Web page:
Clearly, I've lost my mind.... but he's so cute. And he really is a very good puppy to be so young (vet estimated about 10 weeks). We think the puppies were unwanted Christmas presents, which is just so sad to me. Not four days after they showed up at my parents' house, an incredible snow storm hit. If they hadn't found their way to us, they likely would not have survived the storm. But luckily they did find us and now they each have new homes.

We just got back home from our trip last night (that's another story in and of itself) so I wanted to share the good news of our newest little fur baby with my blog readers. These pictures were taken with my Blackberry in dim lighting, so they're a little grainy. But you get the idea. So without further delay, meet our little boy:

Hamish MacPuppy

And may the peace of the Lord be always with you.

Monday, January 3, 2011

Run 1

Time - 24:57
Pace - 10:24/mile
Distance - 2.4 miles

Today I went to the base with the intent to run around the outdoor track for an hour. The first Grand Prix event (a 1 hour track run) is in a few weeks and I thought this would be the best way to prepare. I need to get my body used to the feeling of running for an hour, but I also need to get my mind used to the feeling of running in a quarter-mile long circle for an hour.

I had a terrible time getting to the track. Apparently, I picked the worst possible time to try to go anywhere on base because there was a massive group run going on. I don't know how many people there were... I'm going to guess somewhere in the ball park of 500-700 people maybe? I have no idea. What I do know is that there were several streets blocked off, that the runners were NOT running on the sidewalk, and they were going incredibly slow! It took me, no joke, almost an hour just to get to a parking place. And even then, I still wasn't where I wanted to be.

I resigned to parking near the gym (not AT the gym, NEAR the gym) which is about half a mile away from the outdoor track. I figured that I would run to the track, run around the track, and then run back to the car and try to take about an hour to do it. When I got to the track, they were conducting PT tests for about 50 people. And although I still could have run there, I didn't especially want to. So I decided I'd just go for a free run around the base and hope not to get lost in the process.

Ultimately, I ended up running much faster than I usually do (guess I was feeling a little frustrated) and made my way back to the car in much less than an hour. But it felt good to get outside and it was better than nothing. At this point, I just need to get myself back into the habit of just running, regardless of whether or not I hit a target time or distance.

And may the peace of the Lord be always with you.

Year of the Grand Prix

I am so excited about all the running events we're planning to do this year. Some of you may know about the difficulty I've had getting back into running marathons. For those of you who don't know, here's what happened.

I started running marathons in 2006 before James and I got married. I didn't run a spectacularly fast time, but marathons are all about finishing, not necessarily finishing fast. Generally first-time marathoners can be split into three groups after the race: those who wish they had never done it, those who are glad to have finished but never want to do it again, and those who are hungry for more. I fell into the third category. Crossing that finish line the first time was such an exhilarating high that I wanted to do it again and again, despite how much pain my body was in.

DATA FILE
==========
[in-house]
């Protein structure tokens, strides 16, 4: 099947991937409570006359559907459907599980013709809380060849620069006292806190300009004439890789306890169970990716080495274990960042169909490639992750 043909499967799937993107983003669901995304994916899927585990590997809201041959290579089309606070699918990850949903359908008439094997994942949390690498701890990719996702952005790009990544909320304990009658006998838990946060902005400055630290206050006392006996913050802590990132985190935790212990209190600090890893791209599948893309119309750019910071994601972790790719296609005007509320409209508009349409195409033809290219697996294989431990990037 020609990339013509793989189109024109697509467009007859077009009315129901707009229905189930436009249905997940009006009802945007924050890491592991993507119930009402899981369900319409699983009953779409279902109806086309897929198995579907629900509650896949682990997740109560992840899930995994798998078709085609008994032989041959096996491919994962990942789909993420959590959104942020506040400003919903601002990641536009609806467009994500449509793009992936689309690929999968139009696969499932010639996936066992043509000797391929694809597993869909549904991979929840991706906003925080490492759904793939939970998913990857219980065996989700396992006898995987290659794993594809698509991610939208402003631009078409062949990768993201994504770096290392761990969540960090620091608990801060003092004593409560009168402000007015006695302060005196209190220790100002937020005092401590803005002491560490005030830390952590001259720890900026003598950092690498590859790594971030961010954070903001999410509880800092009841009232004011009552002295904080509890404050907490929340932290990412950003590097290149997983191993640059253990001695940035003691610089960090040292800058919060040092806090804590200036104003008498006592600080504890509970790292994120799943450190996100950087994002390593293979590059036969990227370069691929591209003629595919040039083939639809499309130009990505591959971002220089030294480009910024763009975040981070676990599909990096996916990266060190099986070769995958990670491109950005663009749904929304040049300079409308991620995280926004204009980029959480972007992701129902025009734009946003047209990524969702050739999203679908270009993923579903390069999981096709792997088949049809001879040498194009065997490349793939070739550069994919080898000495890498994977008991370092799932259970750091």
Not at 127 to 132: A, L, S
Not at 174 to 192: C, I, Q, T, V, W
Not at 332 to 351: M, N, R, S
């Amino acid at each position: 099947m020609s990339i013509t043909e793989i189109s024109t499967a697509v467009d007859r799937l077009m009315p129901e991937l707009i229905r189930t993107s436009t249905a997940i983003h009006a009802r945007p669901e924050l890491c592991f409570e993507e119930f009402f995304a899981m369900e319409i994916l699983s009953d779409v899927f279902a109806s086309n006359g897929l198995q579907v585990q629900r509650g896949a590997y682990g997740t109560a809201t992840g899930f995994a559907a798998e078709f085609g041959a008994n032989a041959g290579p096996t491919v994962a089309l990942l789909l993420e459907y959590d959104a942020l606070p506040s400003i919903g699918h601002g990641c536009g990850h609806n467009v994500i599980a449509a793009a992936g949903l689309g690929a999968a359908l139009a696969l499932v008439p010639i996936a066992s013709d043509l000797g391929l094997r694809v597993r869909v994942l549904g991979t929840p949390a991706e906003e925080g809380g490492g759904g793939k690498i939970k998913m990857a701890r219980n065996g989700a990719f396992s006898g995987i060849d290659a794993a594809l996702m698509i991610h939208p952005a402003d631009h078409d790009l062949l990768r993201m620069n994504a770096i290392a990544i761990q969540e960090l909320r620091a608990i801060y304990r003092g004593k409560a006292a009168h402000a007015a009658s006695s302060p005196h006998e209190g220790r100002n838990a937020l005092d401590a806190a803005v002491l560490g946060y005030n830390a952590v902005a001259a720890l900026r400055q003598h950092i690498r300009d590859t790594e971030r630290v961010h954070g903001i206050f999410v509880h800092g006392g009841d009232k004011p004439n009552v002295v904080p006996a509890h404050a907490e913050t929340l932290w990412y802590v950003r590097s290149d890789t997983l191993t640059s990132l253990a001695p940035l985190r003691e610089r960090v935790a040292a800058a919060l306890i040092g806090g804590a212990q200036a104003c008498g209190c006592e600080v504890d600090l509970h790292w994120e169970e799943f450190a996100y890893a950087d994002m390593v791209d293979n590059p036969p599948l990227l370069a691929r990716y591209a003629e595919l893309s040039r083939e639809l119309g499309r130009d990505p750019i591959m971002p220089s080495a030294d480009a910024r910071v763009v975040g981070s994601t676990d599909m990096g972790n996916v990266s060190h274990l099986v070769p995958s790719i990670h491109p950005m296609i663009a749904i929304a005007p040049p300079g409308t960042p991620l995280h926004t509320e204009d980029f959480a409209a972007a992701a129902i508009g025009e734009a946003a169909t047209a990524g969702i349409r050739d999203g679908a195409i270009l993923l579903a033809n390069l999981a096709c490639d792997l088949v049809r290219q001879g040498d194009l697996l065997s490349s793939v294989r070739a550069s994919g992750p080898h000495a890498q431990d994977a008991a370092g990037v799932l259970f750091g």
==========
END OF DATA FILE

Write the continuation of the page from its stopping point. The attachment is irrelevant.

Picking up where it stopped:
So after taking the recommended two to three weeks off after my race, I started running again. I wasn't training for anything specific, but I wanted to keep up my fitness level so I would be ready to resume training as soon as I found a race I wanted to run. My first race was in April. I moved out of my apartment and back into my parents' house in June while we waited for our new house to be built. Over the summer I did fairly well. My parents live in a large neighborhood and there are two other large neighborhoods very close by, so I was able to run without having to worry too much about cars. By the end of the summer, I was back up to 14 mile long runs and I felt great.

In September we moved into our new house, across town from my parents, and got married. The fall semester started and so did my 3 hour daily commute, I started working again on the days I wasn't in school, and James left for his first deployment. My running came to a sudden and very abrupt halt. Our new neighborhood was very small, about a half mile around, and there was no where nearby that I could safely run without having to worry about cars (I would later discover that to be false because there was a 4-mile, paved running trail only 5 minutes away... but I didn't know that at the time). My parents lived about 30 minutes away, too far to be convenient for me to go running every day. And on top of that, the commute to school and back had me completely exhausted and I was lonely for my husband... who was half-way around the world.

That fall I ran a half-marathon with my mom, who'd been bitten by the distance running bug when she came to watch my first marathon earlier that year. After that she decided, at age 53, that she wanted to run marathons too. So I trained with her and we did exactly that the following March (2007). It was freezing cold, so we ended up doing a run-walk sort of race. But that isn't all that uncommon in marathons. We finished in a slower time than I had done the previous year, but marathons are all about finishing and we had a great time doing it together. James had just gotten home from his deployment and was geared up for a full spring racing season.